Director Mel Stuart’s Willy Wonka & the Chocolate Factory is meant to be a story of a virtuous downtrodden hero, Charlie (Peter Ostrum), overcoming his poverty and hopelessness to realize a dream that has crossed the mind of probably every child in the world. Roald Dahl’s story is a fantasy of problems magically melting away as well as a parody of the notion that children are supposed to be sweet and innocuous just because they’re children. There’s purposefully no balance in Dahl’s characterizations: Charlie is a saint, self-sacrificing and noble to the point of ludicrousness, while the various other kiddies are vain and psychotic. The author’s stories are often known for their nasty adults, but his preoccupation was less with the evil of grownups than with the danger of assumed, unquestioned power. The principal of Matilda, the supposedly kindly old women of The Witches, and the aren’t-they-precious little children of Charlie and the Chocolate Factory are cut from the same thematic cloth. Dahl’s stories have an idealism occasionally mistaken for cruelty (it’s actually an impatience with platitude), but their anarchic release prevents them from being single-minded scolds. The best Dahl work celebrates the possibility of anything, the unruliness of the mind’s desires despite its best intentions: Id as relief from hypocrisy and stagnant privilege.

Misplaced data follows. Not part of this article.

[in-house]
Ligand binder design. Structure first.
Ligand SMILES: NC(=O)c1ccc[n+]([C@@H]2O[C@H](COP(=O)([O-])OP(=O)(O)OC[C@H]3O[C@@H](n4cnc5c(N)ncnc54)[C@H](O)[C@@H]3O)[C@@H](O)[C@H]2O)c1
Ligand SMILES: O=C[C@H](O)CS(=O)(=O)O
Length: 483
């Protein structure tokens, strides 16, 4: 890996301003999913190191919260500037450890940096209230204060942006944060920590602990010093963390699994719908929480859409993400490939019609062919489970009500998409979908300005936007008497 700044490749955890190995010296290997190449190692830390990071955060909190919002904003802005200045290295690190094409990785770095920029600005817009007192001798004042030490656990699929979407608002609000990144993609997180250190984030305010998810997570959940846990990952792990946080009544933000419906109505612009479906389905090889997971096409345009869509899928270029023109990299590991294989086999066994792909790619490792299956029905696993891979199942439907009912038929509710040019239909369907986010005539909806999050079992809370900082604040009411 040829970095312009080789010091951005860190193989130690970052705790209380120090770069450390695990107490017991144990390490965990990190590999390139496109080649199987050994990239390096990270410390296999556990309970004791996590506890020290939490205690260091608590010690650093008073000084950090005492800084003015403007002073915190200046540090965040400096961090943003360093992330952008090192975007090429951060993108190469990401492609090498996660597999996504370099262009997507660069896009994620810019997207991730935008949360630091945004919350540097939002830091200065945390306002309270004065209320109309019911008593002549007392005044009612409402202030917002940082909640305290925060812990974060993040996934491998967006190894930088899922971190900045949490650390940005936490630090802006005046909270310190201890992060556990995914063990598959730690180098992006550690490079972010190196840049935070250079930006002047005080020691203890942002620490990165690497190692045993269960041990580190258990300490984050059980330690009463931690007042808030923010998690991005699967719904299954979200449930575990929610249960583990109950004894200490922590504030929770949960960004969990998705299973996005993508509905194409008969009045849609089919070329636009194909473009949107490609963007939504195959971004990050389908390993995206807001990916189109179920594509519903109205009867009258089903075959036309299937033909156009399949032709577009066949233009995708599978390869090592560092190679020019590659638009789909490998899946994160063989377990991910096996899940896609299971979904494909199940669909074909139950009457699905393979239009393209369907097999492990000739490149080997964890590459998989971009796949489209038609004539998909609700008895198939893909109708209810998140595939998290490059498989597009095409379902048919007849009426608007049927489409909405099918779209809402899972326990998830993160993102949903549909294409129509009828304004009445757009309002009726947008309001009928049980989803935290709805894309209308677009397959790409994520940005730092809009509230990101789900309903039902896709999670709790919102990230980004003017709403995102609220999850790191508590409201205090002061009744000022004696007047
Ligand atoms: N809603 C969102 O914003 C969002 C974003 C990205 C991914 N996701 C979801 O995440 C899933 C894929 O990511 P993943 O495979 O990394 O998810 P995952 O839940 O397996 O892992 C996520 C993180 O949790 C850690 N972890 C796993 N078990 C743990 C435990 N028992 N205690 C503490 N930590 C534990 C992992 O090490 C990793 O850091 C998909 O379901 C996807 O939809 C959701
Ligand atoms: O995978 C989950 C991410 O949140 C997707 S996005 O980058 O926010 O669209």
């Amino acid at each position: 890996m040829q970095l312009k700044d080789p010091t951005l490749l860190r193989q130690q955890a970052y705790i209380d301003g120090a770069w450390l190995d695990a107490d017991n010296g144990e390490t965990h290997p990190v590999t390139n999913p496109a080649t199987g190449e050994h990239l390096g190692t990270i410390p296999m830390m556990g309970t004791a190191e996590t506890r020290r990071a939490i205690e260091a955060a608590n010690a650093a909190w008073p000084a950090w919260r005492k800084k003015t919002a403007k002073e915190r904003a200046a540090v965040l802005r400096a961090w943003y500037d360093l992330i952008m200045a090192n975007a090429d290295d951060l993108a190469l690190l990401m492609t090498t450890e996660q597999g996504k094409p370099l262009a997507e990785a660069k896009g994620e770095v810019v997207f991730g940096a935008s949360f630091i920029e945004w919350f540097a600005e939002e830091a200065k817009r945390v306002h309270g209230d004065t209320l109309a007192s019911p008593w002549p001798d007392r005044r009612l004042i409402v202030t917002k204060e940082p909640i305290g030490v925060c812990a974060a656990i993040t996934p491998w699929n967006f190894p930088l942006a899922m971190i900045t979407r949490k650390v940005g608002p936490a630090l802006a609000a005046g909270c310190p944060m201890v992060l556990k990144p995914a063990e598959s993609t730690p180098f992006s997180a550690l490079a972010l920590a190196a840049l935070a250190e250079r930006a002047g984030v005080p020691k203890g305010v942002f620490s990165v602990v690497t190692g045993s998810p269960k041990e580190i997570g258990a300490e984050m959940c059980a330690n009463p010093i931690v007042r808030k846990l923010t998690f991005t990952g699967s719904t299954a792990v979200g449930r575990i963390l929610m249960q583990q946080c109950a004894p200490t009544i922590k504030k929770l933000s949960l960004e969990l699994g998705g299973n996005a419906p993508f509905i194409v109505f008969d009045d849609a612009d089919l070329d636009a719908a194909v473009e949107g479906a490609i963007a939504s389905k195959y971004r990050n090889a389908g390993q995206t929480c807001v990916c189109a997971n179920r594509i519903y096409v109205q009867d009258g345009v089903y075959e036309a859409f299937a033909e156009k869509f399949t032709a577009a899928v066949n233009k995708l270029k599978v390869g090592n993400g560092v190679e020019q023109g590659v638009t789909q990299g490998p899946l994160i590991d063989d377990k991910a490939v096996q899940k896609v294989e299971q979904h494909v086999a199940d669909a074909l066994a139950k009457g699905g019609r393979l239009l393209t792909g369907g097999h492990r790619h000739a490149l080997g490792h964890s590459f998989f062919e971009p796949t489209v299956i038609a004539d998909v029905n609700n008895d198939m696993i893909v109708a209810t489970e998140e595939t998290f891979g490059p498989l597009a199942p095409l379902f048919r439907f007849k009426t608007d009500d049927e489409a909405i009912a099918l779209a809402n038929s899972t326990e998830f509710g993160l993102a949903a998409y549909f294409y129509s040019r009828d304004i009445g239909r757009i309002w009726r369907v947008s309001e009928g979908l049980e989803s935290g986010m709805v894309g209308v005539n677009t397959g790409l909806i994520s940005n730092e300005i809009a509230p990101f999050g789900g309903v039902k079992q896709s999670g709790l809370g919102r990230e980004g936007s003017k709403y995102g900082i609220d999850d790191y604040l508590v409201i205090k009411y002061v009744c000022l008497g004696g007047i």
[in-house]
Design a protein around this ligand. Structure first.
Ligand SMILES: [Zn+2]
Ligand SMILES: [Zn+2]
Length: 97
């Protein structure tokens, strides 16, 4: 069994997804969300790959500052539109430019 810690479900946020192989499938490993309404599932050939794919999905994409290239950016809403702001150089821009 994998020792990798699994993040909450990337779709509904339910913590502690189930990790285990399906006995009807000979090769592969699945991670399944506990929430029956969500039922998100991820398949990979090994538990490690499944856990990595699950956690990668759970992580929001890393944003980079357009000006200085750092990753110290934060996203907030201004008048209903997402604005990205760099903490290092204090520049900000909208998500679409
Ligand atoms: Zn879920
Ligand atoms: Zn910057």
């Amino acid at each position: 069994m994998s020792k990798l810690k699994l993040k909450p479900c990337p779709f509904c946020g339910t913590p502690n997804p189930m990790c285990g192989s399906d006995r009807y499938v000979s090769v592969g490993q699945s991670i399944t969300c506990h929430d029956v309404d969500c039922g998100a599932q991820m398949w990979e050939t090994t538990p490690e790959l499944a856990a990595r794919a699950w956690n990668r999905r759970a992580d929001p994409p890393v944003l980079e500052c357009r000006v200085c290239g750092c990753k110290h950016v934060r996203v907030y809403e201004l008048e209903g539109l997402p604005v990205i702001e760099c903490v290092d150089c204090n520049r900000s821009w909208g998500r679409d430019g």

Willy Wonka doesn’t have that lift: The passages in the mysterious factory, which should be Charlie’s and our release from the oppression of the earlier scenes, are just as ugly as everything that’s come before, so there’s no contrast. (The opening scenes are actually warmer and funnier.) The river of chocolate, a potentially ideal image, is sad and muddy, while the theoretically mouth-watering candies have the shine of props in a fast food chain playground. Wonka’s factory doesn’t have any zing or that heightened feel we crave from “other” worlds; and the magic boat ride—with harsh lights and stock footage of what appears to be animal and insect mutilations—would be a better fit for the big acid scene in Easy Rider. The film is a mess of loud, contrasting colors. Dahl’s successful stories are sweet and sour, because you sense him buying into sentimental impulses despite himself; this Willy Wonka, with no mood or visual sense to speak of, inadvertently becomes a poor boy’s journey into hell to watch as its ringmaster dispatches a variety of monsters, while the race he’s enslaved to produce his sweets occasionally looks on.
There is, of course, Gene Wilder as Wonka, the reason most people think they like this movie, and he’s a wonderful actor quite capable of hitting Dahl’s ambivalences (and he has a lovely entrance), but Stuart’s clunky stop-and-start pace and sketchy tone give him nowhere to go. For films that understand Dahl, that capture his rebellion and joy, see The Witches, James and the Giant Peach, Matilda, and Tim Burton’s superior Charlie and the Chocolate Factory.